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CPU Core Details

CPU Codename Ivy Bridge Budapest
MoBo Socket LGA 1155/Socket H2 Socket AM2+
Notebook CPU no no
Release Date 20 Jan 2013 01 Apr 2008
CPU Link GD Link GD Link
Approved

CPU Technical Specifications

CPU Cores 2 4
Clock Speed 2.3 GHz 2.1 GHz
Turbo Frequency - -
Max TDP 35 W 115 W
Lithography 22 nm 65 nm
Bit Width - -
Virtualization Technology no no

CPU Cache and Memory

L1 Cache Size 128 KB 512 KB
L2 Cache Size 512 KB 2048 KB
L2 Cache Speed - -
L3 Cache Size 2 MB 2 MB
Memory Types
ECC Memory Support no no

CPU Graphics

Integrated Graphics no no
Base GPU Frequency - -
Max GPU Frequency - -
DirectX - -
Displays Supported - -

CPU Mini Review

Mini Review Celeron G1610T 2.3GHz is a budget CPU based on the 22nm Ivy Bridge micro-architecture with many of its features disabled, including Turbo Boost and Hyper Threading, that is optimized for low power consumption. <br/> It offers 2 Cores, clocked at 2.3GHz and integrated graphics clocked at 650MHz (1.05GHz in Turbo Mode) and the memory controller supports DDR3-1333. It's expected to consume up to 35 Watt and offers 2MB of L3 Cache. <br/> Its gaming performance is relatively average but considerably behind previous Sandy Bridge based dual-core CPUs (Core i3). Opteron is AMD's x86 server and workstation processor line, and was the first processor to implement the AMD64 instruction set architecture (known generically as x86-64). It was released on April 22, 2003 with the SledgeHammer core (K8) and was intended to compete in the server and workstation markets, particularly in the same segment as the Intel Xeon processor. Processors based on the AMD K10 microarchitecture (codenamed Barcelona) were announced on September 10, 2007 featuring a new quad-core configuration. The most-recently released Opteron CPUs are the 8- and 12-core Socket G34 Opterons, code-named Magny-Cours.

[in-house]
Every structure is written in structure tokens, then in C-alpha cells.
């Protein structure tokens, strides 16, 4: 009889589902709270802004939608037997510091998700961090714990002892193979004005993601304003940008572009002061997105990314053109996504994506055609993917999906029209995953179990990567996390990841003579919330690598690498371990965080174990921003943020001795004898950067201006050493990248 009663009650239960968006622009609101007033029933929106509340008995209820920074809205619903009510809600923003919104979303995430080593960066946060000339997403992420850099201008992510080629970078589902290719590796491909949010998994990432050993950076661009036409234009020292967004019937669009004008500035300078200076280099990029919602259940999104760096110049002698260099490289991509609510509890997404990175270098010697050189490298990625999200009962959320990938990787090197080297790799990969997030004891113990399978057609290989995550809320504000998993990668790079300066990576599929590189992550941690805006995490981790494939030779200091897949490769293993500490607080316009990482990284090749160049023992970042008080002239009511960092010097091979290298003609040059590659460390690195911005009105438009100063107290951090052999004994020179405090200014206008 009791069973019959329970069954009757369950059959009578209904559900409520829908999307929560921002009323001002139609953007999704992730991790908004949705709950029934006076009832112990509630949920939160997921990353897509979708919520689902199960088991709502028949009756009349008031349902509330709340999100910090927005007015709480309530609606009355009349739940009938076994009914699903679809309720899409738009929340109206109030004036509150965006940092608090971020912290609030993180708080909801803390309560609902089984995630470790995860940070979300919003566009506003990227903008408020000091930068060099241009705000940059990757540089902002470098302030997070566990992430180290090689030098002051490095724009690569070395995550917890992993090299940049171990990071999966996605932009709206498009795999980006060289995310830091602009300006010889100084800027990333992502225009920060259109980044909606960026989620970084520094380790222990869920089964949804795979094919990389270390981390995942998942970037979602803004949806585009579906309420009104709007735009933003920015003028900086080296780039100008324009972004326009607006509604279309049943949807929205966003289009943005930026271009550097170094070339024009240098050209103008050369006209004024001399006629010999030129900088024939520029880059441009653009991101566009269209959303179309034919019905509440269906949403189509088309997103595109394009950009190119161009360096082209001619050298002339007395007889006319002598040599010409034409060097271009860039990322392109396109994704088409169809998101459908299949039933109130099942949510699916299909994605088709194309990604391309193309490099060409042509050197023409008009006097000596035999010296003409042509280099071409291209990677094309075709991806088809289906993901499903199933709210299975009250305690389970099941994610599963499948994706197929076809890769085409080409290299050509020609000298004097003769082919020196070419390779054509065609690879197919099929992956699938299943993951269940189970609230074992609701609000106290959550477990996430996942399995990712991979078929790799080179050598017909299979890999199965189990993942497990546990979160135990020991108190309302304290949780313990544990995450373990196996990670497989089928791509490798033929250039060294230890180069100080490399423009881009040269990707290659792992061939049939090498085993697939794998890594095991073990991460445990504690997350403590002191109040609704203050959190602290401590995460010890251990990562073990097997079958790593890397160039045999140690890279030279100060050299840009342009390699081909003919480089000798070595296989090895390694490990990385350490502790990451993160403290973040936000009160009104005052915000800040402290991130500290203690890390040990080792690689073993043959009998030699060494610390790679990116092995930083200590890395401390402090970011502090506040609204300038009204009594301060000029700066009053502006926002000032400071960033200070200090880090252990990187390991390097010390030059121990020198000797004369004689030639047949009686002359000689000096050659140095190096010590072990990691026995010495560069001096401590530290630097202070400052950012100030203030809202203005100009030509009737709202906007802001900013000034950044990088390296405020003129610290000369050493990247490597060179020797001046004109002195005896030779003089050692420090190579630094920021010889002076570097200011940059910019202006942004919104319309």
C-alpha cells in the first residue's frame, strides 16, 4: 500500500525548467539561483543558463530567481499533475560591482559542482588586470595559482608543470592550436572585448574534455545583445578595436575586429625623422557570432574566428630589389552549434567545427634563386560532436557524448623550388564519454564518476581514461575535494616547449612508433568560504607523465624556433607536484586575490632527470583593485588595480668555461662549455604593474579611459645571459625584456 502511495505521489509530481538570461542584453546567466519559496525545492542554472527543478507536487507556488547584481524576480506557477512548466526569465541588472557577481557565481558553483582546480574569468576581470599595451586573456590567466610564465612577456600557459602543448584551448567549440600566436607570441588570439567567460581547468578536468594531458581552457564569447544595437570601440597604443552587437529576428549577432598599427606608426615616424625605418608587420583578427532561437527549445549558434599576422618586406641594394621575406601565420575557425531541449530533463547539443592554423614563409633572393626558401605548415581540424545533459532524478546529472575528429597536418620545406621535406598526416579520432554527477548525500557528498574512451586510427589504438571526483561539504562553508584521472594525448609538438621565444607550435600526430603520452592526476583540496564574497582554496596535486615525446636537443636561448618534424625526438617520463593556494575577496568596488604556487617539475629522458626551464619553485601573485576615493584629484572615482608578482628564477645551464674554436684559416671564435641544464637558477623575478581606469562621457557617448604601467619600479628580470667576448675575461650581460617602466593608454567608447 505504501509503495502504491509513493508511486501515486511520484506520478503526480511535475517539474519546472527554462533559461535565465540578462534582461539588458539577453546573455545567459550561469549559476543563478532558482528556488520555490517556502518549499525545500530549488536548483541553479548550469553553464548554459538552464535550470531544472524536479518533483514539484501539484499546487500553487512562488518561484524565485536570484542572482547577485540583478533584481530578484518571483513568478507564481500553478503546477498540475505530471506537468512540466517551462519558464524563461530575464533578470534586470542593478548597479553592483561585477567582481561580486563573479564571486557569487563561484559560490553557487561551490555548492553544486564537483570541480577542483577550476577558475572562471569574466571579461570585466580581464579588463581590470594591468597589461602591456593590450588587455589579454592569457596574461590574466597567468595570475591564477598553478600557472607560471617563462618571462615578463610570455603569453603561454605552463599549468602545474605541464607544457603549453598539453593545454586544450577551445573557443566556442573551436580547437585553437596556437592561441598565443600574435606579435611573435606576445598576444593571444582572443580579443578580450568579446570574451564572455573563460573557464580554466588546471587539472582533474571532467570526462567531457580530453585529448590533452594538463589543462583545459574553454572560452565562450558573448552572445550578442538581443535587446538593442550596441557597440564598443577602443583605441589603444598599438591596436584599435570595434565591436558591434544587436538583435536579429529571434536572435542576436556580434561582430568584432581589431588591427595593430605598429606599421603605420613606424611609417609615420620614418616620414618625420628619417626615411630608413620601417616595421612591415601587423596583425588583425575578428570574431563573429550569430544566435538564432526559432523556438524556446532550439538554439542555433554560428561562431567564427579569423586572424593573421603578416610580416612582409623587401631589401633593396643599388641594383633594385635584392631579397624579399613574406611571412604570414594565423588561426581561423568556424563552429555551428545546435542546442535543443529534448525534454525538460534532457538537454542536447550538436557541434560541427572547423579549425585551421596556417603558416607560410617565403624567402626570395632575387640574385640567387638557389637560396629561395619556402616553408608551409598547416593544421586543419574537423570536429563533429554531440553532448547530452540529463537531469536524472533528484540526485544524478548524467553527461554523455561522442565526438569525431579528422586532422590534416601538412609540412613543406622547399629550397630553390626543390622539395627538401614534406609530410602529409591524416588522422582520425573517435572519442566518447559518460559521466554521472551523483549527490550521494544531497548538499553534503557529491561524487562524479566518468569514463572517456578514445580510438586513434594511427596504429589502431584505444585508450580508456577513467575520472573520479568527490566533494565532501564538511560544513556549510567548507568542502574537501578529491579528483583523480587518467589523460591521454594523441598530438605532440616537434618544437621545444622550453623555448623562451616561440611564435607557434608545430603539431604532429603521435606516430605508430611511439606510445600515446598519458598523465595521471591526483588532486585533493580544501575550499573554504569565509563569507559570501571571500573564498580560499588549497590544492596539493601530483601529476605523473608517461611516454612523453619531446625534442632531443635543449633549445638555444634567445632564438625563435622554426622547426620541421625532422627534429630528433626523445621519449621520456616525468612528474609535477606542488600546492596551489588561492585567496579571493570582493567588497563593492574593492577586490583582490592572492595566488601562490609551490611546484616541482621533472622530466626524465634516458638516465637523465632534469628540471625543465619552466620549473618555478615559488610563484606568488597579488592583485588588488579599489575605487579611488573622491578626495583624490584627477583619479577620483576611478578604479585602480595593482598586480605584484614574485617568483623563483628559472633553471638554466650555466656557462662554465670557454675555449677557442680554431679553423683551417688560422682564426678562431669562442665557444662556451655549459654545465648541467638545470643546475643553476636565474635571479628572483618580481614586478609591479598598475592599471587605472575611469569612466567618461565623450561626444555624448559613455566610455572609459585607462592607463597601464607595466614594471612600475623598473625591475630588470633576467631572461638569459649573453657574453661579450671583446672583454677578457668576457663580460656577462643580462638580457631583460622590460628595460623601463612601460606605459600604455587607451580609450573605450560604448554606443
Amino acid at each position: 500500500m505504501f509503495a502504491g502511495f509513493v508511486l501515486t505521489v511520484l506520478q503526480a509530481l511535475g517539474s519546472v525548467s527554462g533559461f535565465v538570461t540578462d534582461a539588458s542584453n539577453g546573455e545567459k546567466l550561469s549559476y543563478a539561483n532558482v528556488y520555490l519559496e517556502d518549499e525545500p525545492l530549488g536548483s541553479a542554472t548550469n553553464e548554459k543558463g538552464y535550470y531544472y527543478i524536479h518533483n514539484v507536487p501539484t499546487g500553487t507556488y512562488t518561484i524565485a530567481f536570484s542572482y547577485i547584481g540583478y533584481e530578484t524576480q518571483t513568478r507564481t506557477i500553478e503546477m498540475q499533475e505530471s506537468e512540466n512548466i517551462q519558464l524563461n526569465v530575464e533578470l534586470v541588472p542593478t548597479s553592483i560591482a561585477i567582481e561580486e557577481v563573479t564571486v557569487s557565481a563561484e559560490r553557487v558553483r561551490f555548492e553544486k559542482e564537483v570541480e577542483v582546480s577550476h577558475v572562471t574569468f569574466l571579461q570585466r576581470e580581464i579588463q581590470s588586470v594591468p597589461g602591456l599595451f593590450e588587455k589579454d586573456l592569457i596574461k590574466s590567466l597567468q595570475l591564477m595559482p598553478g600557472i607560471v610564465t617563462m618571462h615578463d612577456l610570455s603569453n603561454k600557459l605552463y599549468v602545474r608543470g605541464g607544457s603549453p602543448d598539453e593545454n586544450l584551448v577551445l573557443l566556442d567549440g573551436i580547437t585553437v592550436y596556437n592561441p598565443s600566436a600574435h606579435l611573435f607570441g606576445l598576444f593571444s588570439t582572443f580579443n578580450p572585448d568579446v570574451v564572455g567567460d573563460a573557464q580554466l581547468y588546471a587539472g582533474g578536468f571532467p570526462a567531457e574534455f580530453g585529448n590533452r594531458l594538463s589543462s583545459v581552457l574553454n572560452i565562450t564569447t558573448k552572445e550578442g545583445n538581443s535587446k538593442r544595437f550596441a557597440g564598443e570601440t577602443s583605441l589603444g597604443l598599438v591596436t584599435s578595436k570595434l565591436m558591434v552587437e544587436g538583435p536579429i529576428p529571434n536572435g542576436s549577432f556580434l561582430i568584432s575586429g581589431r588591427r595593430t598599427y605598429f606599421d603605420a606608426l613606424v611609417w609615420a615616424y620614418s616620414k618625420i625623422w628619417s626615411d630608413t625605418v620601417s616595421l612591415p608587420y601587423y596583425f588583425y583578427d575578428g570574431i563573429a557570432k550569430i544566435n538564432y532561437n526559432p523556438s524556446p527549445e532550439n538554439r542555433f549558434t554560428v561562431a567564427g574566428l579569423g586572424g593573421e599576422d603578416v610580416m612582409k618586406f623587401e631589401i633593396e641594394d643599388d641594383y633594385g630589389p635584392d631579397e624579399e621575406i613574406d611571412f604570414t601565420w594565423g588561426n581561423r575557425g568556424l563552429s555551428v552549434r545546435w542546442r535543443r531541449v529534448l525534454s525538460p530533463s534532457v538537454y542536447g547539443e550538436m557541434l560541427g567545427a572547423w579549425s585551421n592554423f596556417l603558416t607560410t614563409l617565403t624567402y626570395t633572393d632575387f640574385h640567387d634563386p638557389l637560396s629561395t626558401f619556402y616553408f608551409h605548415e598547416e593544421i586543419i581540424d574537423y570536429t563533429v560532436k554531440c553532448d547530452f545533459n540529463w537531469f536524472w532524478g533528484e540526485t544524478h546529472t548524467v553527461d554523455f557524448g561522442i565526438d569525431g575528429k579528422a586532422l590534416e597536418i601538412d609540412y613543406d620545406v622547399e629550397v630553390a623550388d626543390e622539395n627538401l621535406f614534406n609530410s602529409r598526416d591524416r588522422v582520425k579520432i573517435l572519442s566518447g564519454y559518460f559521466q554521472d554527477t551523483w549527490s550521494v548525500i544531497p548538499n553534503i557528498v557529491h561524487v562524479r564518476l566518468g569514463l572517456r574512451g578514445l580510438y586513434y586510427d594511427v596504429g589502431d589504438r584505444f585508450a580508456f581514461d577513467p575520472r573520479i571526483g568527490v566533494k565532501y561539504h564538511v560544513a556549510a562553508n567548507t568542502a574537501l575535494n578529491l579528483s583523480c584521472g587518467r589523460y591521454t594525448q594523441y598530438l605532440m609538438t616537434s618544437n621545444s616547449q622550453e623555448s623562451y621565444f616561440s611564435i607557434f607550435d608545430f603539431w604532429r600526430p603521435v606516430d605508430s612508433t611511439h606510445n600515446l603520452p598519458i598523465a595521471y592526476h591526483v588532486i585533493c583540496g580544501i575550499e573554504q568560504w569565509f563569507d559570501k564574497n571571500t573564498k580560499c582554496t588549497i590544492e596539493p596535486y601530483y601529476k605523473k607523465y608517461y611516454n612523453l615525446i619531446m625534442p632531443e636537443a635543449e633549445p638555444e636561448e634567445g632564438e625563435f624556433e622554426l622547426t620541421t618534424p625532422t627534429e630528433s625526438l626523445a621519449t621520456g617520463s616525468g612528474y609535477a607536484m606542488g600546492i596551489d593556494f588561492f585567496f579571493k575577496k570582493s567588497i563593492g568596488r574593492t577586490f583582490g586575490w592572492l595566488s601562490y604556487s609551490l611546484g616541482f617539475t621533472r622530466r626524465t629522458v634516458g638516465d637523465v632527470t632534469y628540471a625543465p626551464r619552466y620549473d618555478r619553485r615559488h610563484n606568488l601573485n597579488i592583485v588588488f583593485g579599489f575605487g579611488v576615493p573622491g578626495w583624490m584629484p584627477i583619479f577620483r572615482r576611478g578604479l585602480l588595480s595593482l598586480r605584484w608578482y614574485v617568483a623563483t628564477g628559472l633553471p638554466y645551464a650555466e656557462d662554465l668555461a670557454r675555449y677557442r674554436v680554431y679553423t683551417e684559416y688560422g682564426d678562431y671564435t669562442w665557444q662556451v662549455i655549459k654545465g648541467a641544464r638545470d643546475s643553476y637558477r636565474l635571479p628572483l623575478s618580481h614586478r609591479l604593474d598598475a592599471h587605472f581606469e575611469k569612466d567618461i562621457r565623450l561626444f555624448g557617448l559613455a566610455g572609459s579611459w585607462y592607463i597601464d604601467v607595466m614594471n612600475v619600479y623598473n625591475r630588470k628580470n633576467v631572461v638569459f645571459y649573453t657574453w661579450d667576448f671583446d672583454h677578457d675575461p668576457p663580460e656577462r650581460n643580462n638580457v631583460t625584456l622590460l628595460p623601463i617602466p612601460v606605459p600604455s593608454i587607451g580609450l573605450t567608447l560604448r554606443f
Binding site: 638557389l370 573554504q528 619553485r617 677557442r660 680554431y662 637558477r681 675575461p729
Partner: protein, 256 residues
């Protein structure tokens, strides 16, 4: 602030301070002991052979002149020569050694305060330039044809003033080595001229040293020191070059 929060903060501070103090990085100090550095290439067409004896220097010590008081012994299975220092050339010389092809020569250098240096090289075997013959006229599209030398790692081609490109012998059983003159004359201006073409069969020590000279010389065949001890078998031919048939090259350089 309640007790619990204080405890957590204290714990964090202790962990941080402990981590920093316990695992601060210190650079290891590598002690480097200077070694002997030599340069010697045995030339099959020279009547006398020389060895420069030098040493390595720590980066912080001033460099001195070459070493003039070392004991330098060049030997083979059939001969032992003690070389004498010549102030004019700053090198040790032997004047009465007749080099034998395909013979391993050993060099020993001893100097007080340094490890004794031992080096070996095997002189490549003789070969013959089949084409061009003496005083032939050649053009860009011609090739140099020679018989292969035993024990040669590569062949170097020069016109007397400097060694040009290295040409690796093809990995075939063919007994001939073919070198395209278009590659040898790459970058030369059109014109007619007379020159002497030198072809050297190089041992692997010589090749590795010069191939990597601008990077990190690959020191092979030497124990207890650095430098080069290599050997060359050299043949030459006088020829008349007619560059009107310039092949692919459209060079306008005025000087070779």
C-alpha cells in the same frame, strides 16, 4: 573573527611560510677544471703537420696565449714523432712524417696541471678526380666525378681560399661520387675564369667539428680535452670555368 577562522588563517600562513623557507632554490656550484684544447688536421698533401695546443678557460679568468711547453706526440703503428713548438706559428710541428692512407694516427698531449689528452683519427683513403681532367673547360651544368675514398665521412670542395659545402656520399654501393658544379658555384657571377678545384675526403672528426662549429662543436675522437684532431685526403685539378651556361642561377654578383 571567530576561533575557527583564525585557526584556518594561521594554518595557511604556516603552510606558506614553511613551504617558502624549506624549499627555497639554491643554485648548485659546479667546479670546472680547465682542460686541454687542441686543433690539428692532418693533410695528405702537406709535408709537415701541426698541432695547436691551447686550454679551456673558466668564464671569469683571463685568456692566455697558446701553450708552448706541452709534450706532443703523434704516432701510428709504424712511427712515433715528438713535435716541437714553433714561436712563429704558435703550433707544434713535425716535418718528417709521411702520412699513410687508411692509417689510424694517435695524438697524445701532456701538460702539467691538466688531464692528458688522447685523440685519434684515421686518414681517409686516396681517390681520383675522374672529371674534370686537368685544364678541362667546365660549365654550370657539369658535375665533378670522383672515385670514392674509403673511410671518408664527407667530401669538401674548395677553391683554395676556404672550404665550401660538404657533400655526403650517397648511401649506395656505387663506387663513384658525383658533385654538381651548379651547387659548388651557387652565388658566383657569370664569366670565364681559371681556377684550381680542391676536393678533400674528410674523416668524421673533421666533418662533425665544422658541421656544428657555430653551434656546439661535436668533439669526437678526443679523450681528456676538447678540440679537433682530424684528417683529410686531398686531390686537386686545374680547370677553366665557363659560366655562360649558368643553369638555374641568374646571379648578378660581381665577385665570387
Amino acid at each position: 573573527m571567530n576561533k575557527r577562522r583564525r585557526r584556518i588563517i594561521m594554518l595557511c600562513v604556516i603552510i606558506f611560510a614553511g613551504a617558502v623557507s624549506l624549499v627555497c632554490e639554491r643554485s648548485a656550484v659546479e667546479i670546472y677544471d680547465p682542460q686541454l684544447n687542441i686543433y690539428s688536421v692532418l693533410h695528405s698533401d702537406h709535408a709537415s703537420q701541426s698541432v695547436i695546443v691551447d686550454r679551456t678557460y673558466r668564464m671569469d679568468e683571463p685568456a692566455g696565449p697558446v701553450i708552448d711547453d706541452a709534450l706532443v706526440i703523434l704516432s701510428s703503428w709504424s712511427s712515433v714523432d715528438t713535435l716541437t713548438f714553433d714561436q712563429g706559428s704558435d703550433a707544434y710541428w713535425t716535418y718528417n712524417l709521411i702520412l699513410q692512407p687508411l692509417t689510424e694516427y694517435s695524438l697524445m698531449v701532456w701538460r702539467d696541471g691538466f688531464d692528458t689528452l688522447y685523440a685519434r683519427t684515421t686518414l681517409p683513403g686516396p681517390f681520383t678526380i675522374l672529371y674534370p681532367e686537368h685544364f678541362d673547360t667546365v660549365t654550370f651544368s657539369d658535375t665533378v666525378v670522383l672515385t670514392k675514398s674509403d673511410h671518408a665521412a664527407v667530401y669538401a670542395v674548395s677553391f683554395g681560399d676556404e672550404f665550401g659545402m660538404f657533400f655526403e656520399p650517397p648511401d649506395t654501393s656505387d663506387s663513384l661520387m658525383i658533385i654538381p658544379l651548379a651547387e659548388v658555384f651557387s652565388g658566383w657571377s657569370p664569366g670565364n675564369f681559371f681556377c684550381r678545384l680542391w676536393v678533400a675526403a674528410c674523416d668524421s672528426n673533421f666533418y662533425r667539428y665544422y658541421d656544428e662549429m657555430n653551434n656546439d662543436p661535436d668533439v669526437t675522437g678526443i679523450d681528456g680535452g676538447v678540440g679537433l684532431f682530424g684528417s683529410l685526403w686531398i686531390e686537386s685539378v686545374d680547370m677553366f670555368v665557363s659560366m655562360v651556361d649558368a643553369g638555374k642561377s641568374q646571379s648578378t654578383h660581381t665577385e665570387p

Gaming Performance Comparison

In terms of overall gaming performance, the AMD Opteron 1352 is marginally better than the Intel Celeron G1610T 2.3GHz when it comes to running the latest games. This also means it will be less likely to bottleneck more powerful GPUs, allowing them to achieve more of their gaming performance potential.

Both the Celeron G1610T 2.3GHz and the Opteron 1352 were released at the same time, so are likely to be quite similar.

The 4 has 2 more cores than the Celeron G1610T 2.3GHz. { With 4 cores, the 4 is much less likely to struggle with the latest games, or bottleneck high-end graphics cards when running them.

More important for gaming than the number of cores and threads is the clock rate. Problematically, unless the two CPUs are from the same family, this can only serve as a general guide and nothing like an exact comparison, because the clock cycles per instruction (CPI) will vary so much.

The Celeron G1610T 2.3GHz and Opteron 1352 are not from the same family of CPUs, so their clock speeds are by no means directly comparable. Bear in mind, then, that while the Celeron G1610T 2.3GHz has a 0.2 GHz faster frequency, this is not always an indicator that it will be superior in performance, despite frequency being crucial when trying to avoid GPU bottlenecking. As such, we need to look elsewhere for more reliable comparisons.

Aside from the clock rate, the next-most important CPU features for PC game performance are L2 and L3 cache size. Faster than RAM, the more cache available, the more data that can be stored for lightning-fast retrieval. L1 Cache is not usually an issue anymore for gaming, with most high-end CPUs eking out about the same L1 performance, and L2 is more important than L3 - but L3 is still important if you want to reach the highest levels of performance. Bear in mind that although it is better to have a larger cache, the larger it is, the higher the latency, so a balance has to be struck.

The <span class='gpu2Mention'>Opteron 1352</span> has a 1536 KB bigger L2 cache than the <span class='gpu1Mention'>Celeron G1610T 2.3GHz</span>, and the two CPUs have the same L3 cache size, so the <span class='gpu2Mention'>Opteron 1352</span> wins out in this area with its larger L2 cache.

The maximum Thermal Design Power is the power in Watts that the CPU will consume in the worst case scenario. The lithography is the semiconductor manufacturing technology being used to create the CPU - the smaller this is, the more transistors that can be fit into the CPU, and the closer the connections. For both the lithography and the TDP, it is the lower the better, because a lower number means a lower amount of power is necessary to run the CPU, and consequently a lower amount of heat is produced.